Introducing kids to food preservation
As the holidays approach, spend some time in the kitchen with kids and make some food preservation home preserved gifts this season.
Do you have a hard time buying gifts for family and friends during the holiday season? Here is an idea for this holiday season: Grab your kids and head into the kitchen to prepare some homemade preserved gifts. Engaging with youth in the kitchen can provide you with memorable family time to talk and share and learn. Food preservation is a science allowing kids to explore and understand the science of safe food preservation, so lifetime skills are being learned and experienced in the kitchen. Making jam and jelly is a great way to begin preserving with youth. Jam’s high acidity, large amount of sugar, and lack of available water slow the growth rate of microorganisms like mold, but freezing or boiling water canning is needed to fully stop spoilage. There are a wide variety of recipes available allowing you and your children to select favorite flavors to prepare for homemade gifts. Michigan State University Extension reminds you that boiling water bath process is necessary for safe jellied products. A vacuum seal forms as the jars cool which keeps air out of jars so that the food inside is less likely to spoil.
It is also critical to remember when teaching youth to use current, research-based methods for preserving food at home. Paraffin or wax sealing of jars is no longer considered an acceptable method for preserving any jellies. Any pinholes or cracks in the wax paraffin can allow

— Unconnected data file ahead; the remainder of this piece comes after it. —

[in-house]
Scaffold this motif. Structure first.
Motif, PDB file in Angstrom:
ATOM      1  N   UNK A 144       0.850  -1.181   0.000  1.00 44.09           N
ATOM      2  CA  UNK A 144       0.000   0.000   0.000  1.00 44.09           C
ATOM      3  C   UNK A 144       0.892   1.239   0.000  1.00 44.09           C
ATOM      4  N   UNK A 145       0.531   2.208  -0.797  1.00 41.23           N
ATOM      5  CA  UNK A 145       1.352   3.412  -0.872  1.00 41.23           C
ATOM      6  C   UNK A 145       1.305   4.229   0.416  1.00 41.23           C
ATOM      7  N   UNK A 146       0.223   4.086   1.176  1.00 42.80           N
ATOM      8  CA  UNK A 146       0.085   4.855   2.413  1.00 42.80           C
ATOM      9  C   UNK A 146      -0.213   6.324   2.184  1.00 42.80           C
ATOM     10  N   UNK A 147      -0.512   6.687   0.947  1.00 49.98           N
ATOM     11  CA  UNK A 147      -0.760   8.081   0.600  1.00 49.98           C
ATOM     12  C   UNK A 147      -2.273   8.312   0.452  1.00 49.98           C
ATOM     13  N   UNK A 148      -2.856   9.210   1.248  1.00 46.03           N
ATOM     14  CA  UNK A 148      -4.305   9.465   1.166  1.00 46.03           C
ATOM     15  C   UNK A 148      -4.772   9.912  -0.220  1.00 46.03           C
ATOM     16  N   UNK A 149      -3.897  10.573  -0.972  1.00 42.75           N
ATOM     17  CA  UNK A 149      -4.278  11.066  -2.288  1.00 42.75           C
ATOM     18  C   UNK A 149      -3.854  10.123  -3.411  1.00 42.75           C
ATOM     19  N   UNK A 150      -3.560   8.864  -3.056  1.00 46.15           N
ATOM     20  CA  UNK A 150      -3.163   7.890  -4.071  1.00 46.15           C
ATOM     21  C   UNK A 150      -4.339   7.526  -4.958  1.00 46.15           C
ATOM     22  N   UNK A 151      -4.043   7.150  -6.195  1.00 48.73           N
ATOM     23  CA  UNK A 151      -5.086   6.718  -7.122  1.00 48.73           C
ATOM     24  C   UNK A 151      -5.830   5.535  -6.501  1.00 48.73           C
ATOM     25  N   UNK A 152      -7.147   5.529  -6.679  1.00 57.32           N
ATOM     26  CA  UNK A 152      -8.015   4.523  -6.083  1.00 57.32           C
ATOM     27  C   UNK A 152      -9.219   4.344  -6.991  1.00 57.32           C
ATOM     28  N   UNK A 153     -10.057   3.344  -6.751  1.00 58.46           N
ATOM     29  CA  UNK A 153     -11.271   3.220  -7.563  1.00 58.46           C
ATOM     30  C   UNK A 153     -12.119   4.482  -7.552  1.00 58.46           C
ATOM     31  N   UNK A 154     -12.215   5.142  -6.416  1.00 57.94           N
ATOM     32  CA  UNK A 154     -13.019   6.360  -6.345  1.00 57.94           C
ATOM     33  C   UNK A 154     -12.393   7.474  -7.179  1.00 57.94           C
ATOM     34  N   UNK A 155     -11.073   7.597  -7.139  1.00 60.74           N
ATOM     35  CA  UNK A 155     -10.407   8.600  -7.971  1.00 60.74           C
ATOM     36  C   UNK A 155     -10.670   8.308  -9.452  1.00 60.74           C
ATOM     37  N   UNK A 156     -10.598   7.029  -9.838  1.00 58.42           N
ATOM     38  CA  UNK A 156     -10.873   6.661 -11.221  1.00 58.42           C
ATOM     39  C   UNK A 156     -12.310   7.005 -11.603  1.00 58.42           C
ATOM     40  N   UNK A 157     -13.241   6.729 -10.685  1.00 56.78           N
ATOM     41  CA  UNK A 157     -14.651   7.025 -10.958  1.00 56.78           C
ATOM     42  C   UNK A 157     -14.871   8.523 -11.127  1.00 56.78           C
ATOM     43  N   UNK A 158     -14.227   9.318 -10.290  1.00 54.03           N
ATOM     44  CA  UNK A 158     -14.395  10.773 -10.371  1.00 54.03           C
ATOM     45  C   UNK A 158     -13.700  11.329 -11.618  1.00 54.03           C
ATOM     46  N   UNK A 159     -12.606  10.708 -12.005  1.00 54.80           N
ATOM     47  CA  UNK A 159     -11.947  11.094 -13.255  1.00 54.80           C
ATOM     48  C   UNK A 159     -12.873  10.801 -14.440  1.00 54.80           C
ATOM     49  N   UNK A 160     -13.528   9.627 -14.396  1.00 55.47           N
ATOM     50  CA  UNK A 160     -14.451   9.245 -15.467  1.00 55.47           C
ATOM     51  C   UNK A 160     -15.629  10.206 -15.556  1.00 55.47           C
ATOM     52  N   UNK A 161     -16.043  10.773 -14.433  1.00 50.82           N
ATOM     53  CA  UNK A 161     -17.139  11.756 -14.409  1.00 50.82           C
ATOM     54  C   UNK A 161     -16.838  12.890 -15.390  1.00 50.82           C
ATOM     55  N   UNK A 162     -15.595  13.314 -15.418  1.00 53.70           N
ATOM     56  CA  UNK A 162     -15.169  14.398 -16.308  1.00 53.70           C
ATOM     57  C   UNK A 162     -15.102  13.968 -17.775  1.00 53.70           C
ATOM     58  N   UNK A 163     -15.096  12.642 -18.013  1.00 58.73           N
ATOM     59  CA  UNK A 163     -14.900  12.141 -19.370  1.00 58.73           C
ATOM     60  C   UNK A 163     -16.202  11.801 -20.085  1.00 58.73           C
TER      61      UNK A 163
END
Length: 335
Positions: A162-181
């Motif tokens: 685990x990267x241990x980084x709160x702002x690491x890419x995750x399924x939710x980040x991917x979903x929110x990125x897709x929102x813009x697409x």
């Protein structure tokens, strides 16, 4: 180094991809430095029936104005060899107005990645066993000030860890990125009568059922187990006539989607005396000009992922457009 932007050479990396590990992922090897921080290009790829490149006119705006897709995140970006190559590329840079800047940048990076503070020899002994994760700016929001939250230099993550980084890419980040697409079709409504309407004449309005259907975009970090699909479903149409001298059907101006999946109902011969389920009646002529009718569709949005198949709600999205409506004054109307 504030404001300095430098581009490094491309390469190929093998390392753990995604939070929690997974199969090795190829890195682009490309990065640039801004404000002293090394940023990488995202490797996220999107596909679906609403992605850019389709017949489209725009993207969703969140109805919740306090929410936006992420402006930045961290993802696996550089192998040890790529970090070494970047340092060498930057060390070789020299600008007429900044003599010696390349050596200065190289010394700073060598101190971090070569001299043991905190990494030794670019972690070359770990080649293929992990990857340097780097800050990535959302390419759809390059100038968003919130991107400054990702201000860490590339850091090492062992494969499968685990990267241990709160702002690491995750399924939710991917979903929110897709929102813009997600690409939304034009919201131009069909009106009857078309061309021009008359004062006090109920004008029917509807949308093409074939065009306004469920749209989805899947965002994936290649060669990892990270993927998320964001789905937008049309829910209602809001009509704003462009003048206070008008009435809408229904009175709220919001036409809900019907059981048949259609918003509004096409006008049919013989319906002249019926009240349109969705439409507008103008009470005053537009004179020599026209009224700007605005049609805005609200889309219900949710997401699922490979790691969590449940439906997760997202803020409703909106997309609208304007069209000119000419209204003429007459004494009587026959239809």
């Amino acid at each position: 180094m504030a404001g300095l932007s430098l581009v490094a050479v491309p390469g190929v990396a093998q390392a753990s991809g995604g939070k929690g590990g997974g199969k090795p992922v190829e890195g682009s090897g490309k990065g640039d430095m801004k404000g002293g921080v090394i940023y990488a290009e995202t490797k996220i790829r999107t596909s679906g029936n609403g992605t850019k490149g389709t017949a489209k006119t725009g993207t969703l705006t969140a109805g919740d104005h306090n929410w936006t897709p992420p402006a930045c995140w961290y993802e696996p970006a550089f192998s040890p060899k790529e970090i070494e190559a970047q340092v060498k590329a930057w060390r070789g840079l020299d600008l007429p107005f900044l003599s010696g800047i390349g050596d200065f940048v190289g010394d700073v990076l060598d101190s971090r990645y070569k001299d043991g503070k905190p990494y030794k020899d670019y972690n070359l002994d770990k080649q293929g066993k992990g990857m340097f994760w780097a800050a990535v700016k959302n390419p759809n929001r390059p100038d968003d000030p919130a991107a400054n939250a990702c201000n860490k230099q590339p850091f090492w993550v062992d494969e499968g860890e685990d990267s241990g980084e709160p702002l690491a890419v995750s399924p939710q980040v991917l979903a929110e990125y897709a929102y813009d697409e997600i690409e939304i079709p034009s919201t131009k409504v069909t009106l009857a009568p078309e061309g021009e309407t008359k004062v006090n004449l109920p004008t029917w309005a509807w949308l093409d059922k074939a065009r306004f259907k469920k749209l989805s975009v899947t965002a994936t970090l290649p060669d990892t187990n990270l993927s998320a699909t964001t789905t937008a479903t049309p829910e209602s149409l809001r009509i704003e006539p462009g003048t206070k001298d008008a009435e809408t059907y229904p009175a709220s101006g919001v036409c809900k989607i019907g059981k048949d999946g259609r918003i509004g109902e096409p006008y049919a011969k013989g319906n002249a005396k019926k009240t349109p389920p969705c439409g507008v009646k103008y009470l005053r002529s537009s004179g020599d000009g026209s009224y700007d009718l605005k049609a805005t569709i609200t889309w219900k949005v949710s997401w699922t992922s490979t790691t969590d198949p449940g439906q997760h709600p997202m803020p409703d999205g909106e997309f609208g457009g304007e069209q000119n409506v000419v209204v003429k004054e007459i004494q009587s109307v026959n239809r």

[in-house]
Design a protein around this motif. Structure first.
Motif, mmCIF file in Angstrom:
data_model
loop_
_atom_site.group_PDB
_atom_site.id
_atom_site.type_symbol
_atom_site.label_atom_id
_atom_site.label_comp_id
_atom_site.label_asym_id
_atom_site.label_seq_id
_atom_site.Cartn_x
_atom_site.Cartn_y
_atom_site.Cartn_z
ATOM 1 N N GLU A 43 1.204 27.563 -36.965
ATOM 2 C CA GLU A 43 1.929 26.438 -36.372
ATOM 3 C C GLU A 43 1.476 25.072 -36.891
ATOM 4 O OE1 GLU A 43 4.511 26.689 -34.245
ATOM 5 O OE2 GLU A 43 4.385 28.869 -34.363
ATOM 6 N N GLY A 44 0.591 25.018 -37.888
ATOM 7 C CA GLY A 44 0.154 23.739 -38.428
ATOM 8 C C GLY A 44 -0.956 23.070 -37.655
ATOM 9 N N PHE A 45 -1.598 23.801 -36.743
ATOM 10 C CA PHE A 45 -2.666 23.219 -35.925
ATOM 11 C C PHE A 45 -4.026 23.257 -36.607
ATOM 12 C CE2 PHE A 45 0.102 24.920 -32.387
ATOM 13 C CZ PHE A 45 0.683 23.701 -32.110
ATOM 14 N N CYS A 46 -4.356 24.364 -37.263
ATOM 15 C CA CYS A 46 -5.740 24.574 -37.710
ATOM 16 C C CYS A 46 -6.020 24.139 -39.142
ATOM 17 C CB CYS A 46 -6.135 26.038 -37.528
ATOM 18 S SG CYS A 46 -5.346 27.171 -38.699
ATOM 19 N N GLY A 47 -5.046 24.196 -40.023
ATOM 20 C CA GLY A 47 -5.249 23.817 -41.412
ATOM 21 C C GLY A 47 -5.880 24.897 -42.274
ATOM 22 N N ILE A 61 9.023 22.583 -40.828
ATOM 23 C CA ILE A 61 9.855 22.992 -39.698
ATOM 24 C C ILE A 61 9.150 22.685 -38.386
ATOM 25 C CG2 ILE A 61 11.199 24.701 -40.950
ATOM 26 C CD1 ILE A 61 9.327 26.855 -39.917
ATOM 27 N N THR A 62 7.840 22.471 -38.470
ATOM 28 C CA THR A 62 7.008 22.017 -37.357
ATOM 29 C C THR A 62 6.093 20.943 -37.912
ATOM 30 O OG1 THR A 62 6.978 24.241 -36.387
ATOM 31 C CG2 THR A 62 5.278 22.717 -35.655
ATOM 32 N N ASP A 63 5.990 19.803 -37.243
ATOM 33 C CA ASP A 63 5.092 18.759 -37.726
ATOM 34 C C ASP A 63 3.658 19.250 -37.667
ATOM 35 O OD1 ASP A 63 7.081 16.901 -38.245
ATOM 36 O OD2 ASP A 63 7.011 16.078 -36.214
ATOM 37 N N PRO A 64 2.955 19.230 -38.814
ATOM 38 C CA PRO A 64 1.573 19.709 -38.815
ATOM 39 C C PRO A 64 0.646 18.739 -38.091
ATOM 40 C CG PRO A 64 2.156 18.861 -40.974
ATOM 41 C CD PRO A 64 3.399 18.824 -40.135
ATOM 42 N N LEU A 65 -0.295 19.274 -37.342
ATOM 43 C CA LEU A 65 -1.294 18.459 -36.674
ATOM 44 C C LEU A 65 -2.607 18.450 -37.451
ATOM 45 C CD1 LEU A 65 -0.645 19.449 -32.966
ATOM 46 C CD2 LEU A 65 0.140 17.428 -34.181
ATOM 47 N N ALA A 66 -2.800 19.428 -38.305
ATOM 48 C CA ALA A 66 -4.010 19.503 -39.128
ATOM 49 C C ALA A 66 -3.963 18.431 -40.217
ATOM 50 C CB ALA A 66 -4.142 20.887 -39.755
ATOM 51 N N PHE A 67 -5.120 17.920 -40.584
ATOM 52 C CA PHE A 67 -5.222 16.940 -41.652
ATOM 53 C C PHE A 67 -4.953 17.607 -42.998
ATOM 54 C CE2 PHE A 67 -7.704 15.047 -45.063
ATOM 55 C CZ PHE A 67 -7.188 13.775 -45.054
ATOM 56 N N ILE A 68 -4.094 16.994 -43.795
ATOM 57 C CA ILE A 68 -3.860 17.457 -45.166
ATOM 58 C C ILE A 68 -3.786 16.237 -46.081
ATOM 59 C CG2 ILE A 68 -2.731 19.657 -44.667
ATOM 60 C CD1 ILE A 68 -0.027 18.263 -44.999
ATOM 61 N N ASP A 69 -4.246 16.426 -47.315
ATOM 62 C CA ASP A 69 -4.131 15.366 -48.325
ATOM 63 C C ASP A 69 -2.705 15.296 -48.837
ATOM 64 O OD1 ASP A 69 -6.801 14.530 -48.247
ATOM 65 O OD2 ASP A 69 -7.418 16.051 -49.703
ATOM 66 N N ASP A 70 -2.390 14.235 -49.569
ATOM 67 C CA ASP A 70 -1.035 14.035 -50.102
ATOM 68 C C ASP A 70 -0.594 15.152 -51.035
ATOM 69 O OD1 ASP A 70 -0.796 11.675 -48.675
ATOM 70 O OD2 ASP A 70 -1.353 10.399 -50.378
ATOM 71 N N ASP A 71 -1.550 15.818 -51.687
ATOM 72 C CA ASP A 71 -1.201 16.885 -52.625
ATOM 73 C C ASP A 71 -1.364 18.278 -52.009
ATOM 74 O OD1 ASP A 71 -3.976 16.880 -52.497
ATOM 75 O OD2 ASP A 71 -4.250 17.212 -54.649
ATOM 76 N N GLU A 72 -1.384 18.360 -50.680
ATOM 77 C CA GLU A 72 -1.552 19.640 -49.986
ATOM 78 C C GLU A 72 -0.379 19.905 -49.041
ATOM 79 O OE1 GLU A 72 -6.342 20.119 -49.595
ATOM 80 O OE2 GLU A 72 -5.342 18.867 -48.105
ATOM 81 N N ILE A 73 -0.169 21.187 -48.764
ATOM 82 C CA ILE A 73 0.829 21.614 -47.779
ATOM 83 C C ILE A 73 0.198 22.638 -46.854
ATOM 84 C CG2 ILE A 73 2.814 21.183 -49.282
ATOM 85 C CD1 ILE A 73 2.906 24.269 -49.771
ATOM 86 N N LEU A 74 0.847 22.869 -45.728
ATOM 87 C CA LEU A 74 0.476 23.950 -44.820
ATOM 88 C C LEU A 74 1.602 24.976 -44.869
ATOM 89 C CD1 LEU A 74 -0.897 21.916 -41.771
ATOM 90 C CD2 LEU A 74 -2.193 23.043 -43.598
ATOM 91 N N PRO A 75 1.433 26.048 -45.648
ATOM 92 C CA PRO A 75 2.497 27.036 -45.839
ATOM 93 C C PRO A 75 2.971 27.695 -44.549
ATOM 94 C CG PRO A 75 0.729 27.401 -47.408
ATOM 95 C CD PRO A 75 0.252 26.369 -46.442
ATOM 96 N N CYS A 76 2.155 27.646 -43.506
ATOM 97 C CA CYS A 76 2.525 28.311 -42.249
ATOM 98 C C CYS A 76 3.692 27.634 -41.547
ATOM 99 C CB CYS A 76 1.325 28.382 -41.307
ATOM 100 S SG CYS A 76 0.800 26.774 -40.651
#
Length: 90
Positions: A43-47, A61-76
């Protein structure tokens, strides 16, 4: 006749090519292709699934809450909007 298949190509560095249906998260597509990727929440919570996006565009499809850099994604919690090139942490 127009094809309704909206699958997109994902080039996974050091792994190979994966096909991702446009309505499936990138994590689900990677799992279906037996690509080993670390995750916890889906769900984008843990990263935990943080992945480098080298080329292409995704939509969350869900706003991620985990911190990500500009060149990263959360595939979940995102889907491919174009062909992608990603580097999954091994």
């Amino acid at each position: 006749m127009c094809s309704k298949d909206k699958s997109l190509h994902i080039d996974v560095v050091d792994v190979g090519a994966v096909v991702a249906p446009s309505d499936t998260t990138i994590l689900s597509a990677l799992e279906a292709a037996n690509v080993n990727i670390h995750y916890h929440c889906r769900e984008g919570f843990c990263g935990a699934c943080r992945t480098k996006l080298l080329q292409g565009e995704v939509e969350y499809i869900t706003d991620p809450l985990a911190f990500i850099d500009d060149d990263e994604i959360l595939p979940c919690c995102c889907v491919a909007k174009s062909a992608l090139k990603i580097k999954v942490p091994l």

airborne molds to contaminate and grow on the product. Also, leaks or holes in the paraffin can allow the product to seep out during storage. Once on the surface, this seeping product
will provide nutrients for molds to grow on the surface and enter into the jam or jelly in the jar. Using recommended resource for your jam and jelly homemade gifts is necessary and easy to do by visiting the National Center for Home Food Preservation website.
For proper texture, jellied fruit products require the correct combination of fruit, pectin, acid, and sugar. The fruit gives each spread its unique flavor and color. It also supplies the water to dissolve the rest of the necessary ingredients and furnishes some or all of the pectin and acid. Good-quality, flavorful fruits make the best jellied products.
Grape Jelly (with powdered pectin)
- 5 cups grape juice
- 1 package powdered pectin
- 7 cups sugar
To make jelly, begin by measuring the grape juice into a kettle. Add pectin and stir well. Place on high heat and stir constantly, bring quickly to a full rolling boil that cannot be stirred down. Add sugar, continue stirring, and heat again to a full rolling boil. Boil hard for 1 minute and then remove from heat; skim off foam quickly.
Pour the hot jelly immediately into hot, sterile jars, leaving ¼ inch headspace. Wipe rims of jars with a dampened clean paper towel; adjust two-piece metal canning lids. Process the jars of jelly in a Boiling Water Canner for 5 minutes for half-pints or pints.
Preserving gifts of jam and jelly at home with your kids can teach them valuable skills as well as bring families together to create not only gifts to share but also memories and traditions that will last a lifetime.